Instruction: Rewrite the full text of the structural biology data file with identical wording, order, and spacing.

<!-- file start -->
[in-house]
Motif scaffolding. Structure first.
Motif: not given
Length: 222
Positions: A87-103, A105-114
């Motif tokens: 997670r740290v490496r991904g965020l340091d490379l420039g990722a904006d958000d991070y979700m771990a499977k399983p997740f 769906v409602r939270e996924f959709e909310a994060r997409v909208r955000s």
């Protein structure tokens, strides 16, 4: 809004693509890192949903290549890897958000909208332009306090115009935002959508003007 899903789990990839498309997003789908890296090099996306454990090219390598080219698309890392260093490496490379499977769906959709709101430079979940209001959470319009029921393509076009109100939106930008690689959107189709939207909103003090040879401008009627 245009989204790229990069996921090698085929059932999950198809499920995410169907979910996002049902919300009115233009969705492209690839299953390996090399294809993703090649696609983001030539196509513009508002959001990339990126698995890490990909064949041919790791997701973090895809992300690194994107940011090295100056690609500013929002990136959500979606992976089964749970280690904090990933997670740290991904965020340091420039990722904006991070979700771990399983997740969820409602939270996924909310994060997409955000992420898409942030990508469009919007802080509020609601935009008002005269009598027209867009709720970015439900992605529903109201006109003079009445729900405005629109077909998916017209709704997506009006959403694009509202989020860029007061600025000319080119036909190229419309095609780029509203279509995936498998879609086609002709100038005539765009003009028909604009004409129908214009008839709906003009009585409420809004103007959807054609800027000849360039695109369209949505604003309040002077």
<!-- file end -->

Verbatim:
[in-house]
Motif scaffolding. Structure first.
Motif: not given
Length: 222
Positions: A87-103, A105-114
């Motif tokens: 997670r740290v490496r991904g965020l340091d490379l420039g990722a904006d958000d991070y979700m771990a499977k399983p997740f 769906v409602r939270e996924f959709e909310a994060r997409v909208r955000s």
């Protein structure tokens, strides 16, 4: 809004693509890192949903290549890897958000909208332009306090115009935002959508003007 899903789990990839498309997003789908890296090099996306454990090219390598080219698309890392260093490496490379499977769906959709709101430079979940209001959470319009029921393509076009109100939106930008690689959107189709939207909103003090040879401008009627 245009989204790229990069996921090698085929059932999950198809499920995410169907979910996002049902919300009115233009969705492209690839299953390996090399294809993703090649696609983001030539196509513009508002959001990339990126698995890490990909064949041919790791997701973090895809992300690194994107940011090295100056690609500013929002990136959500979606992976089964749970280690904090990933997670740290991904965020340091420039990722904006991070979700771990399983997740969820409602939270996924909310994060997409955000992420898409942030990508469009919007802080509020609601935009008002005269009598027209867009709720970015439900992605529903109201006109003079009445729900405005629109077909998916017209709704997506009006959403694009509202989020860029007061600025000319080119036909190229419309095609780029509203279509995936498998879609086609002709100038005539765009003009028909604009004409129908214009008839709906003009009585409420809004103007959807054609800027000849360039695109369209949505604003309040002077």